9. Drinking fat-free milk
10. Not minding your posture
Correct posture means the symmetrical position of all the organs. Take care of your spine – adjust your office chair and monitor it correctly. Here’s the checklist:
- The height of your chair should correspond with the length of your thigh, and its seat should be firm.
- Your buttocks should fill no less than 2/3 of the chair.
- The back of your chair should fit your spine.
- Lean on the chair with your back so that your spine is placed firmly against it.
- Make sure your shoulder blades are brought together, your shoulders are on the same level, and your stomach is relaxed.
- Don’t cross your legs – this will hinder your blood circulation.
- Move smoothly so that your spine doesn’t hit the back of the chair.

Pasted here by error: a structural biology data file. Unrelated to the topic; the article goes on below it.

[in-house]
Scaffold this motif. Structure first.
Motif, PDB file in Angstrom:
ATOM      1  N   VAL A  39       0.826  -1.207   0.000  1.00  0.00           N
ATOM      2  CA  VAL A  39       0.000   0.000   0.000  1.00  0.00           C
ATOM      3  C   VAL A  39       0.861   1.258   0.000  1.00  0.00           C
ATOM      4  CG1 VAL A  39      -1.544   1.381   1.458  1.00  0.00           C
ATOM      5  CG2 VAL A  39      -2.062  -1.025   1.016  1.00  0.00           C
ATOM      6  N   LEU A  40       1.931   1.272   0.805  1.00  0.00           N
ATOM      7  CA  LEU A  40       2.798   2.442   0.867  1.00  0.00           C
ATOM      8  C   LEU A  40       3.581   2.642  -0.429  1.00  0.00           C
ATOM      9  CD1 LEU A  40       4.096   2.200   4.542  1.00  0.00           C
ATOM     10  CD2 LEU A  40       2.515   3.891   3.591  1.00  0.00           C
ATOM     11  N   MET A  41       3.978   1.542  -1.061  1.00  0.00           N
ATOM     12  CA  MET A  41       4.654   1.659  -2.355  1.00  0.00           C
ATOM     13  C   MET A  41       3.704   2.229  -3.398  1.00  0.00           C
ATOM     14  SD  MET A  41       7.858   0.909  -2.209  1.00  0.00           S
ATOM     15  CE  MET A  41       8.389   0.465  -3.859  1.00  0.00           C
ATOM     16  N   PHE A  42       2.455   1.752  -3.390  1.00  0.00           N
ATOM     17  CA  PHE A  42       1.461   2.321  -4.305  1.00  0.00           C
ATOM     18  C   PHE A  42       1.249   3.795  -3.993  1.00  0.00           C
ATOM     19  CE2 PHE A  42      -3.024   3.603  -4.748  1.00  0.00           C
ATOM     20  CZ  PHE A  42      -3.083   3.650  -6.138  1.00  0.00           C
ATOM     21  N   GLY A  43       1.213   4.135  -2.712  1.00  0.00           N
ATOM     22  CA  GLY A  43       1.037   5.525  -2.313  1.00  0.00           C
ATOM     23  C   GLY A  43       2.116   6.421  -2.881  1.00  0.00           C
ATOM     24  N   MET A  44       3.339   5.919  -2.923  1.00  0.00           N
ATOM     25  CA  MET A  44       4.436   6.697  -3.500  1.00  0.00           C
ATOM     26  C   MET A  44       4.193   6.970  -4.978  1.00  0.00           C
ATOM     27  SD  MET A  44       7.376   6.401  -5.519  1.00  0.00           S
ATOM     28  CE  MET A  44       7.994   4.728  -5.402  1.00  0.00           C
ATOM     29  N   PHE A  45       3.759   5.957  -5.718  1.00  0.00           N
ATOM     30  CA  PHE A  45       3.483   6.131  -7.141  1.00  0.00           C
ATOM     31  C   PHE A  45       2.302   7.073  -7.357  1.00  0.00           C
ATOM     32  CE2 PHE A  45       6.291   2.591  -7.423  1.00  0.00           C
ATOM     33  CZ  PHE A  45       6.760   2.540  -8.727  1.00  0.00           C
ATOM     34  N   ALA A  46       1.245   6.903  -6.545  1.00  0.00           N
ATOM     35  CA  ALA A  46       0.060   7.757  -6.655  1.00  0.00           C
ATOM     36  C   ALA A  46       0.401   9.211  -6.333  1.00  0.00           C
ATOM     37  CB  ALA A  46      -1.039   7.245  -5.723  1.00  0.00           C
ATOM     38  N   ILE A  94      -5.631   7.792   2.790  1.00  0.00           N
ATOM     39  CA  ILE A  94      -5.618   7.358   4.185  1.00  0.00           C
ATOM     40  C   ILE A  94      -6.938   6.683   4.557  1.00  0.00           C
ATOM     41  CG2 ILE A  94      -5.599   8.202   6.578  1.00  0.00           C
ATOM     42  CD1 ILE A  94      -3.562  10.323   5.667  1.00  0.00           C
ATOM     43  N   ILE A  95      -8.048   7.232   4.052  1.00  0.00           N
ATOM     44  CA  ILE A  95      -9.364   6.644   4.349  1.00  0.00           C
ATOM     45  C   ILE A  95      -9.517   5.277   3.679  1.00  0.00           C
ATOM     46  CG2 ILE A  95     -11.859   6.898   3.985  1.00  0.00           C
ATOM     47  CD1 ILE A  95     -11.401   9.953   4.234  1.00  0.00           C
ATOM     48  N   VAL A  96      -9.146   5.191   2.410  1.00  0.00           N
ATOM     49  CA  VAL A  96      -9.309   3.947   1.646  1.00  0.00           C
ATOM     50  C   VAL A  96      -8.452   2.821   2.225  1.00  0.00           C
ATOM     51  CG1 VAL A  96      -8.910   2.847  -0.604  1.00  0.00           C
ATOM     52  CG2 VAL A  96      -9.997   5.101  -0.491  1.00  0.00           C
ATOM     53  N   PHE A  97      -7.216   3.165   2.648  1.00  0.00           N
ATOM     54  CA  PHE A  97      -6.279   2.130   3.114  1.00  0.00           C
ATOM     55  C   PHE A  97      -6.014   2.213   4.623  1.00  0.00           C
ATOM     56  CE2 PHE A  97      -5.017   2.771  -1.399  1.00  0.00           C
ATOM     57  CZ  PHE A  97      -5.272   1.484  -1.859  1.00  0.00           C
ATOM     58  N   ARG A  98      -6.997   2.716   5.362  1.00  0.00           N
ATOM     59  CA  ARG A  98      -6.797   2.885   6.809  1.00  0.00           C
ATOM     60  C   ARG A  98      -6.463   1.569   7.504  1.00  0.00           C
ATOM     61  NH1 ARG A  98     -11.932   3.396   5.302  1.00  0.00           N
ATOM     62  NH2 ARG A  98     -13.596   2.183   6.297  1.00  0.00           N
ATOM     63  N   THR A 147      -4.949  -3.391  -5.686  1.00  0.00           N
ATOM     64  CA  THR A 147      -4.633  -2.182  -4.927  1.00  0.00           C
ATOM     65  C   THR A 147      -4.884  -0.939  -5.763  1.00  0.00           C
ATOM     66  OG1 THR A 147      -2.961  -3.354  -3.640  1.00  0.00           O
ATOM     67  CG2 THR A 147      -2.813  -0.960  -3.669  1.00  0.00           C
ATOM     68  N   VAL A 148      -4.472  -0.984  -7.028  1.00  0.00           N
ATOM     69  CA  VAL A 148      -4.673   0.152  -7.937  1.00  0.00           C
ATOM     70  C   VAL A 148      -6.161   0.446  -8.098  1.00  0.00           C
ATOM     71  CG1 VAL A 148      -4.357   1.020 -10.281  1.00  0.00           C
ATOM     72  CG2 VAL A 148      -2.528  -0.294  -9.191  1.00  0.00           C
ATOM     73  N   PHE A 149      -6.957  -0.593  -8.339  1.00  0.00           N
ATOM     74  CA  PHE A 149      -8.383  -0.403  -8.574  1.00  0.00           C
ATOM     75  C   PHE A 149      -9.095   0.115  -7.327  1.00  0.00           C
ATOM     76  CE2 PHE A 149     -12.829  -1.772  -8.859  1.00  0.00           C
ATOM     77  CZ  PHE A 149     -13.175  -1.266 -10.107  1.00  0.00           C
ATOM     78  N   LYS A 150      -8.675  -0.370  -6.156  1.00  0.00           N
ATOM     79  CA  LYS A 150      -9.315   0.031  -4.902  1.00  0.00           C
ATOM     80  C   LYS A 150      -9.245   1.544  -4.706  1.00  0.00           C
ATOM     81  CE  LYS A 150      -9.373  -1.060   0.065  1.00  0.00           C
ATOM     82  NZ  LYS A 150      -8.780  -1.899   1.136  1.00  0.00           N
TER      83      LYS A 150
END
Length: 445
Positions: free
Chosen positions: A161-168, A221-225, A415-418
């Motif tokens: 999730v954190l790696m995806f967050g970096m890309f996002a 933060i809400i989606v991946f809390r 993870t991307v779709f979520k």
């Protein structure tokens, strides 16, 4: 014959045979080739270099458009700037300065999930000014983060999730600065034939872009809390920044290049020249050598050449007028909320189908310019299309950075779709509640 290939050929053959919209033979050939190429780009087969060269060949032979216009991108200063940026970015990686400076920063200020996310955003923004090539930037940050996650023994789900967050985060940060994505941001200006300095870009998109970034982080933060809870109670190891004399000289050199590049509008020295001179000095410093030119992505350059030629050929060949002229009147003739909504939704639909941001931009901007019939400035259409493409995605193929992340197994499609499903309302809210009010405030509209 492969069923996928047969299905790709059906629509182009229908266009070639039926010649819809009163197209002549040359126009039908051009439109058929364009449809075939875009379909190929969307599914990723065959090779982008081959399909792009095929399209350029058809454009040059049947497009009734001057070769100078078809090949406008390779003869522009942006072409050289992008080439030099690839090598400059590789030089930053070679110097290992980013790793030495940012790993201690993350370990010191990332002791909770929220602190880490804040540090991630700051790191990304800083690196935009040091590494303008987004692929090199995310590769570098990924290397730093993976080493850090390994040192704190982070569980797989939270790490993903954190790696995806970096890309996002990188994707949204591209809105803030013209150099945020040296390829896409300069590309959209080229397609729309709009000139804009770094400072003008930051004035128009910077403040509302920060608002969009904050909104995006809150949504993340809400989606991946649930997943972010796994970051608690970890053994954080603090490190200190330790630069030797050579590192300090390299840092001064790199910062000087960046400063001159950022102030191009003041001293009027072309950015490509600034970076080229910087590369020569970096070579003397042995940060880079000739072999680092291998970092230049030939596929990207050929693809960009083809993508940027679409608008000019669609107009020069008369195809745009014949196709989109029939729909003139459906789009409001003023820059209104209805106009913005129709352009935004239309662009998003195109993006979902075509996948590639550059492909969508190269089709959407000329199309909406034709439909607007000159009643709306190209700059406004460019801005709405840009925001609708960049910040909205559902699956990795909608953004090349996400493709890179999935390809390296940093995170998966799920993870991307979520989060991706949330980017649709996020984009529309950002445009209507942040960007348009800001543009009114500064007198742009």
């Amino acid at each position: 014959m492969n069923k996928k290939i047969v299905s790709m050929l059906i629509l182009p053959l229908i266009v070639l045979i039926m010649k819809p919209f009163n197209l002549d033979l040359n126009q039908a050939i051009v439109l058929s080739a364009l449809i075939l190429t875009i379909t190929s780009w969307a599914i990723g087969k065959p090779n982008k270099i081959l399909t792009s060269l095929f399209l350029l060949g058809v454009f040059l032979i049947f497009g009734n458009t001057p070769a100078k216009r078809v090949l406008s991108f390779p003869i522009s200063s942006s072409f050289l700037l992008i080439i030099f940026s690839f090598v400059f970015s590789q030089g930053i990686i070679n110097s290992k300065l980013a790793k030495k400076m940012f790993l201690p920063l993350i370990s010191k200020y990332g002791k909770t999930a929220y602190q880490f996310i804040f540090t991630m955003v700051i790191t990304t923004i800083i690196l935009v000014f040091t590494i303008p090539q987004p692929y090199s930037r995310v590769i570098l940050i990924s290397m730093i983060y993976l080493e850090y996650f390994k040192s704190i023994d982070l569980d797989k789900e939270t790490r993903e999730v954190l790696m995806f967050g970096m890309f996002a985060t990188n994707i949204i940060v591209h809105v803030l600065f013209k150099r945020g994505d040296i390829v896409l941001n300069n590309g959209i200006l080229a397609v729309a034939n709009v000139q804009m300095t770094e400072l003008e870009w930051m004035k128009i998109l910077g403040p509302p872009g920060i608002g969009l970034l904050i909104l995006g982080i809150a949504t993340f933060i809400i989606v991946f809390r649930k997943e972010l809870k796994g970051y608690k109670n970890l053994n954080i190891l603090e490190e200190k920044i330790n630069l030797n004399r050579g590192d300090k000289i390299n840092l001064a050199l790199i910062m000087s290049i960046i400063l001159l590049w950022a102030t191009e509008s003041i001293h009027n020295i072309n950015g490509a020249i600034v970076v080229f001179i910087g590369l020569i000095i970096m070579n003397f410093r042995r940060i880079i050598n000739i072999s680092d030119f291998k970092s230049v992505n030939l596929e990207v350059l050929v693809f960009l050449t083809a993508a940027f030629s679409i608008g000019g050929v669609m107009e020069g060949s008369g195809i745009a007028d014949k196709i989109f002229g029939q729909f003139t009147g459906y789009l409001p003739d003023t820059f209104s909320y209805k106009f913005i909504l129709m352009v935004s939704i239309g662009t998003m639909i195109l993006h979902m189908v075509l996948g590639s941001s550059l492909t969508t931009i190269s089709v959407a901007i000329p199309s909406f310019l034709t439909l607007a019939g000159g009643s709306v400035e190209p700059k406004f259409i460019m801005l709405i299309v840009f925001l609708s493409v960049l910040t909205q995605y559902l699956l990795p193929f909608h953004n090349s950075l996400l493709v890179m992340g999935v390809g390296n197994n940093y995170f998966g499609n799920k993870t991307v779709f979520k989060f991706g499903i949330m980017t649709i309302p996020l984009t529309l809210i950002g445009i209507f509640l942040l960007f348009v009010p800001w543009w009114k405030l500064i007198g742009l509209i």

- Take up a position that puts your weight onto your hips while your head looks forward and up.
- Don’t hurry to change your pose when you start feeling uncomfortable. Let your muscles get used to the correct position. Part of them will gradually relax, making this pose a habit, but that won’t happen at once.
11. Sleeping on your side or stomach
Many of us prefer sleeping in a position we fall asleep better in. However, this habit can cause different health issues, some of them quite serious if not addressed in a timely manner. When you sleep on your side, in the so-called foetal position, you prevent your diaphragm from moving freely, which causes various issues, including back pain and lung problems. Sleeping on your stomach is, in its turn, even more dangerous as it puts pressure on all of your organs, leading in the long run to nerve damage and heart issues. That leaves sleeping on your back, which is best because it is the most natural of the three. The only case where you should avoid this position is if you suffer from sleep apnea.